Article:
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Casassus, S., Christiaens, V., Carcamo, M., Perez, S., Weber, P., Ercolano, B., et al. (2021). A dusty filament and turbulent CO spirals in HD 135344B-SAO 206462. Mon. Not. Roy. Astron. Soc., 507(3), 3789–3809.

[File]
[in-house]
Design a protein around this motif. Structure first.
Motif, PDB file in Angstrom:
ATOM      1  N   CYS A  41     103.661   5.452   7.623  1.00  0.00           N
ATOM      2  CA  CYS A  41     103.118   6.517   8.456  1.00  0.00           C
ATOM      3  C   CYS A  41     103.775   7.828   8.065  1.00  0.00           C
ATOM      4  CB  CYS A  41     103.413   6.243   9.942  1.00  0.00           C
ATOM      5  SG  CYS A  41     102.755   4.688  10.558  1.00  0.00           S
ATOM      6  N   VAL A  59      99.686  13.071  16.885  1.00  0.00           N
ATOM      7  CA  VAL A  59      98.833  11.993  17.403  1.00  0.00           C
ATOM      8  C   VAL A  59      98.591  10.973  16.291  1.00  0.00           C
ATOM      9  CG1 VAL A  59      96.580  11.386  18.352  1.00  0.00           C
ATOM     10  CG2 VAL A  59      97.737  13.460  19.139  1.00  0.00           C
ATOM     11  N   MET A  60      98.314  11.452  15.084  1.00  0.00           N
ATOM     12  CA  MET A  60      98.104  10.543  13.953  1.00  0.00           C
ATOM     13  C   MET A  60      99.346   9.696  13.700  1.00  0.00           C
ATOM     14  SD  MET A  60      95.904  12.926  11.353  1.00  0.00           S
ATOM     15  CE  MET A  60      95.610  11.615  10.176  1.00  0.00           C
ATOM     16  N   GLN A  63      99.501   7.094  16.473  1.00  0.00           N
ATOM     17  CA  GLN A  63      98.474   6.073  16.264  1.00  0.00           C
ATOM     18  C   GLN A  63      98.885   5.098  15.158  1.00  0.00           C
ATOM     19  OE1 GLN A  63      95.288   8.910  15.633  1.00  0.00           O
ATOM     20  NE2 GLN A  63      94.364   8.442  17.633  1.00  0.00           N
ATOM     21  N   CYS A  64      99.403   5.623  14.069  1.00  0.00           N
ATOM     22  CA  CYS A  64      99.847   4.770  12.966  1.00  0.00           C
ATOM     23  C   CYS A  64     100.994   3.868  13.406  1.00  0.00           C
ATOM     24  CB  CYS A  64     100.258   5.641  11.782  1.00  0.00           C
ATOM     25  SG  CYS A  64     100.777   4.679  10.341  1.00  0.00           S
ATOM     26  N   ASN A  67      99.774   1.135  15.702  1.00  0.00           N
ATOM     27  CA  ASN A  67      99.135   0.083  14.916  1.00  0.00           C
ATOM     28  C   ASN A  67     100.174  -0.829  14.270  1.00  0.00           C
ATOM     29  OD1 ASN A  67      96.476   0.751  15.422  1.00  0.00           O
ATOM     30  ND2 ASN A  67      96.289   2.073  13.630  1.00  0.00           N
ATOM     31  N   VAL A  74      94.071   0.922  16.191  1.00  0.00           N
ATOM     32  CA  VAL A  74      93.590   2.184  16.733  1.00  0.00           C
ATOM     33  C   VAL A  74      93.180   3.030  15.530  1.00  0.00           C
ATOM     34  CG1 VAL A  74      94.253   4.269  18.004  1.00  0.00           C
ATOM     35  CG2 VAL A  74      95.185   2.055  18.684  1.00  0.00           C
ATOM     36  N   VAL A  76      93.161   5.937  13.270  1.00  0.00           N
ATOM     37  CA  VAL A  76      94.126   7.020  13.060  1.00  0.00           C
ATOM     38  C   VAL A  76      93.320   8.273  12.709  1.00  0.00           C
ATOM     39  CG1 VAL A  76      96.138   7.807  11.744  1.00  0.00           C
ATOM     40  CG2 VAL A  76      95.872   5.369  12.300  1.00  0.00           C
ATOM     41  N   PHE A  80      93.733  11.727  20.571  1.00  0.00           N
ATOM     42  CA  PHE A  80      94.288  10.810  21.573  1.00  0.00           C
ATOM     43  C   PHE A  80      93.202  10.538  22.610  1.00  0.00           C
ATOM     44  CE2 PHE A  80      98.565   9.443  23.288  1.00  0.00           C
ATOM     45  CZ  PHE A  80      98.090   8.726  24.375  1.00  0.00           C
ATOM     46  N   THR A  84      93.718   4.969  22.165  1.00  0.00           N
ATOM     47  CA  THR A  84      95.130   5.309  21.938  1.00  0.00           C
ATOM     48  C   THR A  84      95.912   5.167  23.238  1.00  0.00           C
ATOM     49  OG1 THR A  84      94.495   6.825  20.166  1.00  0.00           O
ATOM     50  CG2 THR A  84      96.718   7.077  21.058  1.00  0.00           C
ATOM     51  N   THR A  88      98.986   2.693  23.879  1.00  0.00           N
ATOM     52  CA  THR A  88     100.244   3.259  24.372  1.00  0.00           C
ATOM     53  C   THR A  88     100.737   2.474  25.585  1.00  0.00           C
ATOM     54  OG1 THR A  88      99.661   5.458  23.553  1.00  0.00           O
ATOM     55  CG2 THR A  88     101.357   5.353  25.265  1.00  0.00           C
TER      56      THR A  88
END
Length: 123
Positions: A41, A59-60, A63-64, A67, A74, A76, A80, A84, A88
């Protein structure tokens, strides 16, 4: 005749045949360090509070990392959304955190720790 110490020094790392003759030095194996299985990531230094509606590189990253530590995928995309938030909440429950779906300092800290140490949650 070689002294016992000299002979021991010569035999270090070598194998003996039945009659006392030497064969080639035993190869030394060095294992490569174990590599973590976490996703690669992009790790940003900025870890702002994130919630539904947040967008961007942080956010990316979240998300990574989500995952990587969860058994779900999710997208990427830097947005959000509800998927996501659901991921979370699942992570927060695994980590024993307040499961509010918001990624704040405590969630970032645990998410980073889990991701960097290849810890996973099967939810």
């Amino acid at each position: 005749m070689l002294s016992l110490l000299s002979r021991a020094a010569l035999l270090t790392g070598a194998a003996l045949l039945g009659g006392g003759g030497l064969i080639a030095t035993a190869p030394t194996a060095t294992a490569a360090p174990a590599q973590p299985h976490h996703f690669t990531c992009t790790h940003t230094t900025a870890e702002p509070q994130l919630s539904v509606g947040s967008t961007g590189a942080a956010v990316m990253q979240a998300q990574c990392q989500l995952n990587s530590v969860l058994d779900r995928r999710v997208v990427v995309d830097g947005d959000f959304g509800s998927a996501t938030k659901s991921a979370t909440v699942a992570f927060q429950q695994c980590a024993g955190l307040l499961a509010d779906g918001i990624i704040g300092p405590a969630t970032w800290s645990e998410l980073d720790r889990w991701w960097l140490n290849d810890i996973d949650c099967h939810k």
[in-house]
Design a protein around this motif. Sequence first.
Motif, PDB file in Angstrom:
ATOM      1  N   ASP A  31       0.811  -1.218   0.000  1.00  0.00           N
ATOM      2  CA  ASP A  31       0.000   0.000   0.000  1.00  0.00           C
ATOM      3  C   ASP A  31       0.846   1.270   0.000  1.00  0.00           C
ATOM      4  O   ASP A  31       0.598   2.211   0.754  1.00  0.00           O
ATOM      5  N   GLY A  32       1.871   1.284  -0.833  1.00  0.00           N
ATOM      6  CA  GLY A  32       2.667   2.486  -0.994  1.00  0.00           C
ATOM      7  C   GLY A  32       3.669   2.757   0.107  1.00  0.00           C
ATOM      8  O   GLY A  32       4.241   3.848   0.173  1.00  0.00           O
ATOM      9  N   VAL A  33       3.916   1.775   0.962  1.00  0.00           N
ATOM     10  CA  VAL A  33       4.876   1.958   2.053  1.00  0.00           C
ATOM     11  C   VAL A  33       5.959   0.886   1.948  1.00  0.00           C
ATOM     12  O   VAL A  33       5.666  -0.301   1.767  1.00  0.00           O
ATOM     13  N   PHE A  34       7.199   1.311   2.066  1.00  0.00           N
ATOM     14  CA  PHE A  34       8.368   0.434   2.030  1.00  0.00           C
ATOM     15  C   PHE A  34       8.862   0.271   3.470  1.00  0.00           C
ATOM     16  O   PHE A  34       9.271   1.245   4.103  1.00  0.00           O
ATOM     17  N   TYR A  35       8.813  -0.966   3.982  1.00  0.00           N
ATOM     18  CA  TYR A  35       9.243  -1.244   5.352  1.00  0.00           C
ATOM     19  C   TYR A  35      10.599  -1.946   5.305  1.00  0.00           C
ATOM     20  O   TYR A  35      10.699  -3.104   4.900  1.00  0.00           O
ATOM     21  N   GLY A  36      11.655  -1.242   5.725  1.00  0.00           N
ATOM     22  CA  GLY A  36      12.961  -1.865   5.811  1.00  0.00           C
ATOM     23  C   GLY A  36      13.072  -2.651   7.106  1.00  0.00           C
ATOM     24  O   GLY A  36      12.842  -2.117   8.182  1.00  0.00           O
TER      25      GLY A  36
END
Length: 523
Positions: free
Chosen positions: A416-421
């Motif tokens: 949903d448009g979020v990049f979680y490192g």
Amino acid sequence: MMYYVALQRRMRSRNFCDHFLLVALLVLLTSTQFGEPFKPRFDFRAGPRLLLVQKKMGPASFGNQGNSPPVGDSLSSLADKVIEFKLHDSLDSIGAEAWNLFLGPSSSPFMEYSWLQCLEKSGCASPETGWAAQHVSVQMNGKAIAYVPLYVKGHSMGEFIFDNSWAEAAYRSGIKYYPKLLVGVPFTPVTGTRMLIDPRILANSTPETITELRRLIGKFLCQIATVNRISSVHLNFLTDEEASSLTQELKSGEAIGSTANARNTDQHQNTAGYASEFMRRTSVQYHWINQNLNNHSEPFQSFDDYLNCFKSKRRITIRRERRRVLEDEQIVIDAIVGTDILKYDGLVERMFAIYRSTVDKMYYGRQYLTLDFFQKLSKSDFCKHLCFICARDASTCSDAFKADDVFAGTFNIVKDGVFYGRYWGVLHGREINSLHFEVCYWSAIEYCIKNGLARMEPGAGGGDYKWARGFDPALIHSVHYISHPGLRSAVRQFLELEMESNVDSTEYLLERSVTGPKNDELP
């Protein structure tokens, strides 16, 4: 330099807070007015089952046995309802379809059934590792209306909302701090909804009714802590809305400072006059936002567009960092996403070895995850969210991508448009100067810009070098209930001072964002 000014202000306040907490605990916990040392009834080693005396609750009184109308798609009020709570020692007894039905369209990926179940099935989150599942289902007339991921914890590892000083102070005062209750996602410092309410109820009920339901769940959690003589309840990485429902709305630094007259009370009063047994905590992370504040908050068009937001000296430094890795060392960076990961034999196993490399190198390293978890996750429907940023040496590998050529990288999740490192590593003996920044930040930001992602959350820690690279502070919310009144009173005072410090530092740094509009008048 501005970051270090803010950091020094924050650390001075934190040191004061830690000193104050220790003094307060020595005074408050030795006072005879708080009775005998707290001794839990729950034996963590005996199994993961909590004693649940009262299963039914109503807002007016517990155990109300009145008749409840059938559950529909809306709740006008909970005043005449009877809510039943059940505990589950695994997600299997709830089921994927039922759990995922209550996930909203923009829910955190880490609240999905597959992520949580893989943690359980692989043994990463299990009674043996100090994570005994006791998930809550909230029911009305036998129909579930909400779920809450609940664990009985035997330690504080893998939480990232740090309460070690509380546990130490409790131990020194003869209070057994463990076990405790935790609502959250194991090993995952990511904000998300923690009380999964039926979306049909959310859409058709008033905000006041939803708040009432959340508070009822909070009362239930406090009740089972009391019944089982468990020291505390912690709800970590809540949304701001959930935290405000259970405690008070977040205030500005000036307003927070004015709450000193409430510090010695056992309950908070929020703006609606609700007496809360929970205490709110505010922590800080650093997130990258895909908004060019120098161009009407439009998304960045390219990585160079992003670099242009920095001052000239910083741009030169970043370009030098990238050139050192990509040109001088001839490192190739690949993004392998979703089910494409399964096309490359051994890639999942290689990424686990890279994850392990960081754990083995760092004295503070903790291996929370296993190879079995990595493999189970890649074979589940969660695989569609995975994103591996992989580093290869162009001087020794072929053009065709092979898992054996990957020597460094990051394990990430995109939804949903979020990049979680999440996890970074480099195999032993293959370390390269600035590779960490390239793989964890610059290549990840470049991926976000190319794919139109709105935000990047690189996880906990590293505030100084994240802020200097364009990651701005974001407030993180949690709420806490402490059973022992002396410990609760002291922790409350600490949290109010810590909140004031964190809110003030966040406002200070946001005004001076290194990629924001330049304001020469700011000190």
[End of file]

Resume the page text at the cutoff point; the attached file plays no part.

Abstract: Planet-disc interactions build up local pressure maxima that may halt the radial drift of protoplanetary dust, and pile it up in rings and crescents. ALMA observations of the HD 135344B disc revealed two rings in the thermal continuum stemming from similar to mm-sized dust. At higher frequencies the inner ring is brighter relative to the outer ring, which is also shaped as a crescent rather than a full ring. In near-IR scattered light images, the disc is modulated by a two-armed grand-design spiral originating inside the ALMA inner ring. Such structures may be induced by a massive companion evacuating the central cavity, and by a giant planet in the gap separating both rings, that channels the accretion of small dust and gas through its filamentary wakes while stopping the larger dust from crossing the gap. Here we present ALMA observations in the J = (2 – 1) CO isotopologue lines and in the adjacent continuum, with up to 12 km baselines. Angular resolutions of similar to 0 ''.03 reveal the tentative detection of a filament connecting both rings, and which coincides with a local discontinuity in the pitch angle of the IR spiral, proposed previously as the location of the protoplanet driving this spiral. Line diagnostics suggests that turbulence, or superposed velocity components, is particularly strong in the spirals. The (CO)-C-12(2-1) 3D rotation curve points at stellocentric accretion at radii within the inner dust ring, with a radial velocity of up to similar to 5 per cent +/- 0.5 per cent Keplerian, which corresponds to an excessively large accretion rate of similar to 2 x 10(-6) M circle dot yr(-1) if all of the CO layer follows the (CO)-C-12(2-1) kinematics. This suggests that only the surface layers of the disc are undergoing accretion, and that the line broadening is due to superposed laminar flows.